What does it look like?
What is it?
Nickel sulphate hexahydrate (NiSO4.6H2O) forms large, perfect crystals
that can easily be grown at home – just dissolve plenty of NiSO4 in
water and let the water evaporate. You can see a beautiful example here . As an extra bonus, by choosing the appropriate
temperature you can get slightly different coloured crystals – up to
53C the crystals will be dark blue-green, and above 53C they will be
clear green. These colours correspond to slightly different
structures, and this is an apparently unique situation, as similar
sulphate compounds are only stable as a single structure type. As
might be expected for something so easily grown, it is found in nature
as the mineral retgersite.
NiSO4.6H20 is also interesting because of its ability to rotate the
direction of polarisation of light – and the strength of this rotation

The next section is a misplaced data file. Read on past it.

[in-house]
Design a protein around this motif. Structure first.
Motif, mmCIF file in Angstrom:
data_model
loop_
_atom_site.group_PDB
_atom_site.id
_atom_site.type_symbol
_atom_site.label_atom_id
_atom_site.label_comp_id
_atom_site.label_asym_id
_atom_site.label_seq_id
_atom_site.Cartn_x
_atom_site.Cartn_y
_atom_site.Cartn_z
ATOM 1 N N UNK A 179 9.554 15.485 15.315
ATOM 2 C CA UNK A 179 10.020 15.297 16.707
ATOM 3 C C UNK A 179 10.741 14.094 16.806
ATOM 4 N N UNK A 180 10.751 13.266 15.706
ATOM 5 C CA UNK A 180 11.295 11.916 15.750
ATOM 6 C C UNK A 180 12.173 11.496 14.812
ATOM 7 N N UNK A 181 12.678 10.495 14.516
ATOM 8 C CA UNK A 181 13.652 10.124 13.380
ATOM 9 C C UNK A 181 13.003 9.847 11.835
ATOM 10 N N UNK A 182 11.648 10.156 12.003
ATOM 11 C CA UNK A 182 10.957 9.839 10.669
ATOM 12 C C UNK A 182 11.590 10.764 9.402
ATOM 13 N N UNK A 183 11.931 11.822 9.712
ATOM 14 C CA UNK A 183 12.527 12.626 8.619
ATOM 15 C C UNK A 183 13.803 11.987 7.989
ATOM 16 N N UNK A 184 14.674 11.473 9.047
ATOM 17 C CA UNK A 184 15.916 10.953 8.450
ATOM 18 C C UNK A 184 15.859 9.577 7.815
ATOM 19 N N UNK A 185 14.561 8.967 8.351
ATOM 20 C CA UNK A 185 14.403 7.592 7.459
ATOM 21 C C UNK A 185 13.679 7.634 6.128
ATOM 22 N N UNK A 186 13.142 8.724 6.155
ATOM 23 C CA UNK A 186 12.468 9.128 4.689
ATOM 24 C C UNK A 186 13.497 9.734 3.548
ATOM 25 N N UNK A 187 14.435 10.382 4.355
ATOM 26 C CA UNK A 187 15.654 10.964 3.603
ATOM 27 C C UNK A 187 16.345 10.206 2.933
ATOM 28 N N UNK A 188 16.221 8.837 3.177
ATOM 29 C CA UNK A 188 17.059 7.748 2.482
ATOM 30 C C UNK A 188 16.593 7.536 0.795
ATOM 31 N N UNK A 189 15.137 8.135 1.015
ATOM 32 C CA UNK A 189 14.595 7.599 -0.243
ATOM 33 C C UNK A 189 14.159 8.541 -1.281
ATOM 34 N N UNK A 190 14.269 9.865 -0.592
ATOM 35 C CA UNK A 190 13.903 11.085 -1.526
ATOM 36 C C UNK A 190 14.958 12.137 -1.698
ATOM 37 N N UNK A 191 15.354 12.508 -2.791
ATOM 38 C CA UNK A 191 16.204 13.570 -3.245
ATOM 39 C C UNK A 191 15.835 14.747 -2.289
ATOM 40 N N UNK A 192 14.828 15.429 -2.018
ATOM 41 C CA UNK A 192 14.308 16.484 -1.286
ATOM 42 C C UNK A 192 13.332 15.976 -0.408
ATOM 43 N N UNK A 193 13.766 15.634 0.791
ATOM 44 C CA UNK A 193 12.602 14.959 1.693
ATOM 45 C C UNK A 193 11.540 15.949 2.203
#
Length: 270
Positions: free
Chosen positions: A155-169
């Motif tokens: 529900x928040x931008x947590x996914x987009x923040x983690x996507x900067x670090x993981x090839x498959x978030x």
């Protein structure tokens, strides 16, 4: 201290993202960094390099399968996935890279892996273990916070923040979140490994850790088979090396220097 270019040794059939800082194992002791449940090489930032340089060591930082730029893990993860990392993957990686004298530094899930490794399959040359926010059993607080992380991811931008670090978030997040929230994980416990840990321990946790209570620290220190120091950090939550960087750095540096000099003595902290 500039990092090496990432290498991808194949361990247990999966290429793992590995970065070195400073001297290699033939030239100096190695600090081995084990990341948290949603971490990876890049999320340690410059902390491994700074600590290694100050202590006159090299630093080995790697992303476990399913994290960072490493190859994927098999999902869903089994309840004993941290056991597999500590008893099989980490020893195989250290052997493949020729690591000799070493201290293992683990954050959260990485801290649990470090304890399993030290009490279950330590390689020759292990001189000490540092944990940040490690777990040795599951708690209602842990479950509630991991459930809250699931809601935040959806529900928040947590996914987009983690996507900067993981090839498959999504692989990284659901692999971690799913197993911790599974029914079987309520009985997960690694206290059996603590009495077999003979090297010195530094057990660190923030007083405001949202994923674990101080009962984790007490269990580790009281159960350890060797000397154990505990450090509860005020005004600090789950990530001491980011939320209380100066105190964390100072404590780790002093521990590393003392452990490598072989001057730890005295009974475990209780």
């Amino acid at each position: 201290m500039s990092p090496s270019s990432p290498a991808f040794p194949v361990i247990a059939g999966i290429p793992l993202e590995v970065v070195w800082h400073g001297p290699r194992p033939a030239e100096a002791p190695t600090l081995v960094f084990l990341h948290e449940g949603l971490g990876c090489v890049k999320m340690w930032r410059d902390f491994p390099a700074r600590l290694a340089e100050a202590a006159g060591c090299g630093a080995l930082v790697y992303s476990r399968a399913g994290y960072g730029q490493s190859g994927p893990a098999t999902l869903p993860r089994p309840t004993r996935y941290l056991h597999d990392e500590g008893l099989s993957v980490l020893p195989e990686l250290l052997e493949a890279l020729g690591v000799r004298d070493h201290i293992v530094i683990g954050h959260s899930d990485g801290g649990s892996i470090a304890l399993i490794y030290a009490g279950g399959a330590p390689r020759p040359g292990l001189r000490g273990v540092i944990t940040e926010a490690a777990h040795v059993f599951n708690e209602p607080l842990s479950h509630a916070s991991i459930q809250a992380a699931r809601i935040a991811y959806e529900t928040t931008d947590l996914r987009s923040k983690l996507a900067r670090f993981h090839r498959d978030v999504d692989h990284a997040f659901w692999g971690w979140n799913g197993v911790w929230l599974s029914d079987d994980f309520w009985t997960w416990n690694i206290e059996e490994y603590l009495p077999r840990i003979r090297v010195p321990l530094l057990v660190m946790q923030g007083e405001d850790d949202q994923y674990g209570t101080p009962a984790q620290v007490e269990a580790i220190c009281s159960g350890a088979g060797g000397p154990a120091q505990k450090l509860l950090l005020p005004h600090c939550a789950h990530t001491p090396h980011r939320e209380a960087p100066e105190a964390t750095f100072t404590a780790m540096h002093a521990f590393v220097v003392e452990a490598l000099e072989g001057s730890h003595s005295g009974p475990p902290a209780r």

depends on the wavelength of the light, even switching rotation
direction at 0.5um. In a fascinating paper, Stadnicka, Glazer and
Koralewski  were able to relate the direction and strength of the
optical rotation to the properties of the structural helix formed by
the O atoms. The helix goes from top to bottom on the structural
Where did the structure come from?
The structure of the lower-temperature phase was first determined in
1932 by Beevers and Lipson . It was sufficient to classify X-ray
reflections into 8 intensity classes ranging from “very strong” to
“absent” in order to derive and verify their model. Both forms have
since been extensively studied by X-ray and neutron diffraction.
 Stadnicka, K., Glazer, A.M. and Koralewski, M. (1987), Acta Cryst.B43, 319-325
 Beevers, C. A. and Lipson, H. (1932) Z. Kristallogr. 83, 123-135
Angel, R. J. and Finger, L. W. (1988) “Polymorphism of Nickel Sulfate Hexahydrate”,
Acta Cryst. C44, 1869-1873 http://dx.doi.org/10.1107/S0108270188006717